Purpose: A recently published study showed a 41% prevalence of mild intellectual disability (MID) and borderline intellectual functioning (BIF) in a large sample of Dutch psychiatric patients. This study aims to examine if the outcomes of the Screener for Intelligence and Learning Disabilities (SCIL) were affected by the severity of psychiatric symptoms during admission. Design/methodology/approach: The authors administered the SCIL and the Kennedy Axis V (domain psychological impairment) at two moments when patients were sufficiently stabilised and just before discharge. Findings: A total of 86% of the respondents had the same outcome regardless of the time of administration. The Kennedy score correlated modestly with changes in the SCIL scores, suggesting that the severity of psychiatric symptoms just modestly affected the performance. Practical implications: Recognising MID/BIF in mental health care is essential but challenging for clinicians. The authors concluded that screening with the SCIL allows clinicians to identify patients with MID/BIF at an early stage of their admission, which helps to individualise treatment and reduce the risk of aggression, coercive measures and prolonged admissions. However, the authors prefer to assess all patients on cognitive impairment as early as possible after referral at a more stable moment in time. Originality/value: To the best of the authors’ knowledge, there is no research concerning screening instruments on MID/BIF used at admission wards in Mental Health Care.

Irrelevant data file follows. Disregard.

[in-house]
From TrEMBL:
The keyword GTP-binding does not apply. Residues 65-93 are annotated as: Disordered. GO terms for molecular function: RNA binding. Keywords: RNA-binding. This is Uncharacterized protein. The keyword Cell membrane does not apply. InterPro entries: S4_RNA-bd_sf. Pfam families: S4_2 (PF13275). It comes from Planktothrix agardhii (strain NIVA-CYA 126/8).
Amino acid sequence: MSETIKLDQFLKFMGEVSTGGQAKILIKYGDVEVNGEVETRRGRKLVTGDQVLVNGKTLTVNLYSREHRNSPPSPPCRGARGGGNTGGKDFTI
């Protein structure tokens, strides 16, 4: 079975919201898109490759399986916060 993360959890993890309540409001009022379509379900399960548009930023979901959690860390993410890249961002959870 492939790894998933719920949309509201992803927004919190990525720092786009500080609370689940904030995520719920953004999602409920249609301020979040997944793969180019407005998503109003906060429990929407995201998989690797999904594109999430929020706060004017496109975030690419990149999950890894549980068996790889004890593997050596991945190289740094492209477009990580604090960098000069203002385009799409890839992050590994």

|Number of pages||5|
|Journal||Advances in Mental Health and Intellectual Disabilities|
|Publication status||Published - 24 Oct 2022|